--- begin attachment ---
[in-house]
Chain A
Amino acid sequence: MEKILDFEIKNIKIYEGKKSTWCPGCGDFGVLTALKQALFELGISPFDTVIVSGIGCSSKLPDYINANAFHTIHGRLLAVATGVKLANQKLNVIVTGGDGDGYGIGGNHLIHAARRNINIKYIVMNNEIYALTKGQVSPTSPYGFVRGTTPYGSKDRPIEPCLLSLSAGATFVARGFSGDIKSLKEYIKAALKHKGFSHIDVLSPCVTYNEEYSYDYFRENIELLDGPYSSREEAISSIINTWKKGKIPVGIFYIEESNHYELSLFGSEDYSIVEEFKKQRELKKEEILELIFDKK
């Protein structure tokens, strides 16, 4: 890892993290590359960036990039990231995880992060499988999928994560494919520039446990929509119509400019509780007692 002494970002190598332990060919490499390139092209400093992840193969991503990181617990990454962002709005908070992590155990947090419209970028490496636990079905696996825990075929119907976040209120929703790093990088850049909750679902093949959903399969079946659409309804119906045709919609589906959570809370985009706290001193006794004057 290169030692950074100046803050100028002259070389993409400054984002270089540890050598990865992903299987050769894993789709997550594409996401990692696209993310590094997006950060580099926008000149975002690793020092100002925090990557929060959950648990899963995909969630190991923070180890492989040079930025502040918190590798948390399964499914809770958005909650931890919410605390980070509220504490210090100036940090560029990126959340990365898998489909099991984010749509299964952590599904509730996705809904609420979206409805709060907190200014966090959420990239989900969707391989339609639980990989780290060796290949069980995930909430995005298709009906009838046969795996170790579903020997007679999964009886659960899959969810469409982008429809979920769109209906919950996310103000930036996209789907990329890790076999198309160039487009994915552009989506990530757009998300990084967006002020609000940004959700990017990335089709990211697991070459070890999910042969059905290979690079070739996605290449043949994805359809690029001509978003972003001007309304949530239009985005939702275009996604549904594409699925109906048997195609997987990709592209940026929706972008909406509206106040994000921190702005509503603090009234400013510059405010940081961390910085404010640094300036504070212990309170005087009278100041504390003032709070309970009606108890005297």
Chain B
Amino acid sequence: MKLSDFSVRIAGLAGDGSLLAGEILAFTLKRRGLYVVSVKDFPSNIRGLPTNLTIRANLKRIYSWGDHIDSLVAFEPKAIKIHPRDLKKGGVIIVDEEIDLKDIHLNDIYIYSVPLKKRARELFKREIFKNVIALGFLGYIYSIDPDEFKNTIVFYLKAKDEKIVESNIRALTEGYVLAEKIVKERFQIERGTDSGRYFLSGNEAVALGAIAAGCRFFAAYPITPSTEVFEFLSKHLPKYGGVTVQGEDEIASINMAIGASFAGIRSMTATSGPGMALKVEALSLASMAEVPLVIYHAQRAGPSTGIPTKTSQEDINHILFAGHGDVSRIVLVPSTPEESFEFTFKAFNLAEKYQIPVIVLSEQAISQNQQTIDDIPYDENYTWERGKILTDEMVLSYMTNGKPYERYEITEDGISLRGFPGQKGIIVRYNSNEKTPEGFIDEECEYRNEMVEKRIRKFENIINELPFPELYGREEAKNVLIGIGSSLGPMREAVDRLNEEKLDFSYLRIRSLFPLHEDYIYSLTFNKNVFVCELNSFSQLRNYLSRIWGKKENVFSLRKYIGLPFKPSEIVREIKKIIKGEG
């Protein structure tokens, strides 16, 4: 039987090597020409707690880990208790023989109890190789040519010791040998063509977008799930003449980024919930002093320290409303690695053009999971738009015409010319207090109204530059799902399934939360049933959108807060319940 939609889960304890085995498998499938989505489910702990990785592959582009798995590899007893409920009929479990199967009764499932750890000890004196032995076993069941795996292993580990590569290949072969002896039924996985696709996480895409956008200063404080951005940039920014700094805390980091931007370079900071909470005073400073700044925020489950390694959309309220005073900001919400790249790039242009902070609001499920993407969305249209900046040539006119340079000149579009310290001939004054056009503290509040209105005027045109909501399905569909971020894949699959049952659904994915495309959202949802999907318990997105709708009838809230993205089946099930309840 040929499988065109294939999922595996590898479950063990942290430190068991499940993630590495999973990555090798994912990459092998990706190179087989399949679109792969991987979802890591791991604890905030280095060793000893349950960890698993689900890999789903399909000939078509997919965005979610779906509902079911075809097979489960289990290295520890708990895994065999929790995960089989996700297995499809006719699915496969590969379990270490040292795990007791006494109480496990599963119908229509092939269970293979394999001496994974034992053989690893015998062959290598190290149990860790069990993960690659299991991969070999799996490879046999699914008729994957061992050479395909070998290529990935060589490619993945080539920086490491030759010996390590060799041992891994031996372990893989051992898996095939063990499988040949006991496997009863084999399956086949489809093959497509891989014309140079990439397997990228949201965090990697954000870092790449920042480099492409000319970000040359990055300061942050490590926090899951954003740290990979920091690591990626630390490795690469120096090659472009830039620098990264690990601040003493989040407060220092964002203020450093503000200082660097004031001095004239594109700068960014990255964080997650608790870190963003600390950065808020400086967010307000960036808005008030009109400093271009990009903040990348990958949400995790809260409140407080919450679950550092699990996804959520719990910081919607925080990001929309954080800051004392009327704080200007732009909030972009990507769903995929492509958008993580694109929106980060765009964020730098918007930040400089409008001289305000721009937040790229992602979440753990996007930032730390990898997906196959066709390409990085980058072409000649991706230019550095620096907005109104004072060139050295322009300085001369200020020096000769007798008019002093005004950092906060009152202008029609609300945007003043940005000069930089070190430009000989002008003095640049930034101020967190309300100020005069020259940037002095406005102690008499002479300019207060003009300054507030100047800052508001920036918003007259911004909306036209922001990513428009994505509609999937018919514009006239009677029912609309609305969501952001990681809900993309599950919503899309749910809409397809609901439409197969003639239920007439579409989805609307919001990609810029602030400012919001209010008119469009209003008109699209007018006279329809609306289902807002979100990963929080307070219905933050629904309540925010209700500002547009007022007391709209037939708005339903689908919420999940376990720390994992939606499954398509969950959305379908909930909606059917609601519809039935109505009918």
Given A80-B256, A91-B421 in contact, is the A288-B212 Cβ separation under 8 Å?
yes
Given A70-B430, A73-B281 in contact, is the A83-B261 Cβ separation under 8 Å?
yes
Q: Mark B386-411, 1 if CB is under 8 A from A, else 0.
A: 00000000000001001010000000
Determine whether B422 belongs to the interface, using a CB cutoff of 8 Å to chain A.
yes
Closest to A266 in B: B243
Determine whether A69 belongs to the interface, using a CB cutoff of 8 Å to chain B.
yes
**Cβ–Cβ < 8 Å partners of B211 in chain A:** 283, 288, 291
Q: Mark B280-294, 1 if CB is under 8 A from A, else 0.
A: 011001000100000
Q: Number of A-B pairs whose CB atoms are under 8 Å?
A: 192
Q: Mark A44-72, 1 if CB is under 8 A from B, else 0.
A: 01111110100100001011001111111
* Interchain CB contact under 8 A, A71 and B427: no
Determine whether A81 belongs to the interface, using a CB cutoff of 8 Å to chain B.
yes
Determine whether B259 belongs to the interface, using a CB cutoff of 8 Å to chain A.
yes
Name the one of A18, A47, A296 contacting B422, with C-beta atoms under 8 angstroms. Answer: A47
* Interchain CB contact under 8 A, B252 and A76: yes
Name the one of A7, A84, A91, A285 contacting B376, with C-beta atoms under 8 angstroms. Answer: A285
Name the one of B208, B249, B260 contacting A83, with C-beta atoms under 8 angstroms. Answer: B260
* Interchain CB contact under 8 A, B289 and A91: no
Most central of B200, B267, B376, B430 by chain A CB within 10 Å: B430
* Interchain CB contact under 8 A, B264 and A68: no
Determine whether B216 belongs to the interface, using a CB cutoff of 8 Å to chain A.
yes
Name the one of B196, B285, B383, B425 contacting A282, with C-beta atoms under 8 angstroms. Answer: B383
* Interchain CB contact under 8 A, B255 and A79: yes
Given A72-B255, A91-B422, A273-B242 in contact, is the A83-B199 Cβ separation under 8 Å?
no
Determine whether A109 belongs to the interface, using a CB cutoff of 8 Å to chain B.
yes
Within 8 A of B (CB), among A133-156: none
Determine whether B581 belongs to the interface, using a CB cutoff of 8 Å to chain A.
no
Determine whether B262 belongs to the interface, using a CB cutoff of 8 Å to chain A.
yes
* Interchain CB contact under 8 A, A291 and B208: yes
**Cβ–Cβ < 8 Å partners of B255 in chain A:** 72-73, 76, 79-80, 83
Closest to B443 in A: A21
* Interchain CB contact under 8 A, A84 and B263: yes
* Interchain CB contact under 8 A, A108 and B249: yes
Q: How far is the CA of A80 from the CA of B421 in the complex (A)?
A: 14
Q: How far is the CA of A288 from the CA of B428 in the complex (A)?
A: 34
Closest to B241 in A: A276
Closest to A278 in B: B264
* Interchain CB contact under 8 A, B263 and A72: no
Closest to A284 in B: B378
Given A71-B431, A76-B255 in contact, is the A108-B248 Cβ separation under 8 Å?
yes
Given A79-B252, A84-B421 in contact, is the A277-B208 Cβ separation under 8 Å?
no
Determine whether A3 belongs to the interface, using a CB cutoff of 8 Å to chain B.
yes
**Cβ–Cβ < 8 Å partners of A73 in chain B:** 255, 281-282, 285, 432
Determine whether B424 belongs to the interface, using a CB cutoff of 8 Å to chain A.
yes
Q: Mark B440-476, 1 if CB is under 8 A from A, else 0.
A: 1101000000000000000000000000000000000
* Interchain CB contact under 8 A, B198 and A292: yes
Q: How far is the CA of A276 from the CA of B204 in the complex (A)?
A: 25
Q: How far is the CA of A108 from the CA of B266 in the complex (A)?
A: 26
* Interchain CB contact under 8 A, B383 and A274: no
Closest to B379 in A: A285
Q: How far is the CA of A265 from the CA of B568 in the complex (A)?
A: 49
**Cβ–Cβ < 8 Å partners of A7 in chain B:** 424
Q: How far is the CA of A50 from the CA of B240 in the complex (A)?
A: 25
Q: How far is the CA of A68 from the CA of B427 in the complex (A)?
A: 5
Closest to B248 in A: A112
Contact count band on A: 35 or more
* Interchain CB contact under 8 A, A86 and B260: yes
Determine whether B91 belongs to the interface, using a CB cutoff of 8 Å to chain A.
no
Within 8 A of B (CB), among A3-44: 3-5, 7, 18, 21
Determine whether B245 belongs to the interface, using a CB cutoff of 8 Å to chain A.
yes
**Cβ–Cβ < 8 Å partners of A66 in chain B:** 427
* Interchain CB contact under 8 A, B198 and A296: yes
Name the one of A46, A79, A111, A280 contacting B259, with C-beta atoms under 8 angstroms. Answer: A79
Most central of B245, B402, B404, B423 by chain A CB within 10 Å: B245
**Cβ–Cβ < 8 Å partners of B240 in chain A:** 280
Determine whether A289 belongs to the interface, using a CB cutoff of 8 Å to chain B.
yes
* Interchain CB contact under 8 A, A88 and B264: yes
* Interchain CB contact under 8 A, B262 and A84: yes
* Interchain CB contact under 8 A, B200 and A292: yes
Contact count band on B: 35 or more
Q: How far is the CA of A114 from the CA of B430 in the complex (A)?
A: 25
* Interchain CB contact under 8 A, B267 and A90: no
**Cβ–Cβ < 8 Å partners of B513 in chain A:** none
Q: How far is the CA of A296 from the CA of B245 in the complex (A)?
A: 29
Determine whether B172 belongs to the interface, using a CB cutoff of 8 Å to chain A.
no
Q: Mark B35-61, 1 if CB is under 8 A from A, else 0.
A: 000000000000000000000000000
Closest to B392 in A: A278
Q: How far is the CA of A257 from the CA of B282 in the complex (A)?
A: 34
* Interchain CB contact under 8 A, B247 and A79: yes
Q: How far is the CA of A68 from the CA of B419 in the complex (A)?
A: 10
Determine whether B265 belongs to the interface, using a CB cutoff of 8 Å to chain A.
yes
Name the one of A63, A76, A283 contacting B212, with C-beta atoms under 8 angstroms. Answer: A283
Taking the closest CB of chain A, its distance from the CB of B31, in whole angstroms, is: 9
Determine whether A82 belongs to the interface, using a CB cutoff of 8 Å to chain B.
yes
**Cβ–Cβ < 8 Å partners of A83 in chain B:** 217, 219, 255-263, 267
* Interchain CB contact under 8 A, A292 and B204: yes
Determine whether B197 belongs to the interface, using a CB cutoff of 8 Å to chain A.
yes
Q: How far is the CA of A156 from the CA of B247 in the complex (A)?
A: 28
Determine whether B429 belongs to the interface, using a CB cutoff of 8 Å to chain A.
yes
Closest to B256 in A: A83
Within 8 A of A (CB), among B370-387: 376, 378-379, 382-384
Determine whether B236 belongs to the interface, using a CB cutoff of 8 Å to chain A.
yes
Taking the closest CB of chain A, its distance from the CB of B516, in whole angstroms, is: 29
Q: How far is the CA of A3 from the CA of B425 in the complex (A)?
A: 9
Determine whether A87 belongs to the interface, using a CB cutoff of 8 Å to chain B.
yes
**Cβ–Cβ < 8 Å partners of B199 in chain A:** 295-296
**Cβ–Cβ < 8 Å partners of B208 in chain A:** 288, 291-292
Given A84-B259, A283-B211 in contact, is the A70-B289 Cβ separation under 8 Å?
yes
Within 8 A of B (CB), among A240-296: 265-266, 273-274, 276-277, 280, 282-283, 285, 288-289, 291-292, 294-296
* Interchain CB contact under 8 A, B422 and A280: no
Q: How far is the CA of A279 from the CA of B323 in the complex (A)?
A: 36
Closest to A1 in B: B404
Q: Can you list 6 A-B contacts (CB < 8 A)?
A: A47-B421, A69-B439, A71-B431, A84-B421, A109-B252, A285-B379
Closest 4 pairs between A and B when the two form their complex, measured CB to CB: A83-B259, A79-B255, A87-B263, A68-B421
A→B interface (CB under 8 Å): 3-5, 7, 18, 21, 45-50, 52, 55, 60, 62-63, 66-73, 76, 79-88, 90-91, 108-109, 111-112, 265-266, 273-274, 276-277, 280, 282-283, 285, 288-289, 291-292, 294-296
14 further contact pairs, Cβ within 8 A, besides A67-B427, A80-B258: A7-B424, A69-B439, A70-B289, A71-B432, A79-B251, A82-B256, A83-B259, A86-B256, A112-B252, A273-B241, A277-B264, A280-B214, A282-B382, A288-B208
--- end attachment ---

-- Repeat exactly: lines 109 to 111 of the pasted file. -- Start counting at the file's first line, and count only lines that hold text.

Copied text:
A: 25
* Interchain CB contact under 8 A, B267 and A90: no
**Cβ–Cβ < 8 Å partners of B513 in chain A:** none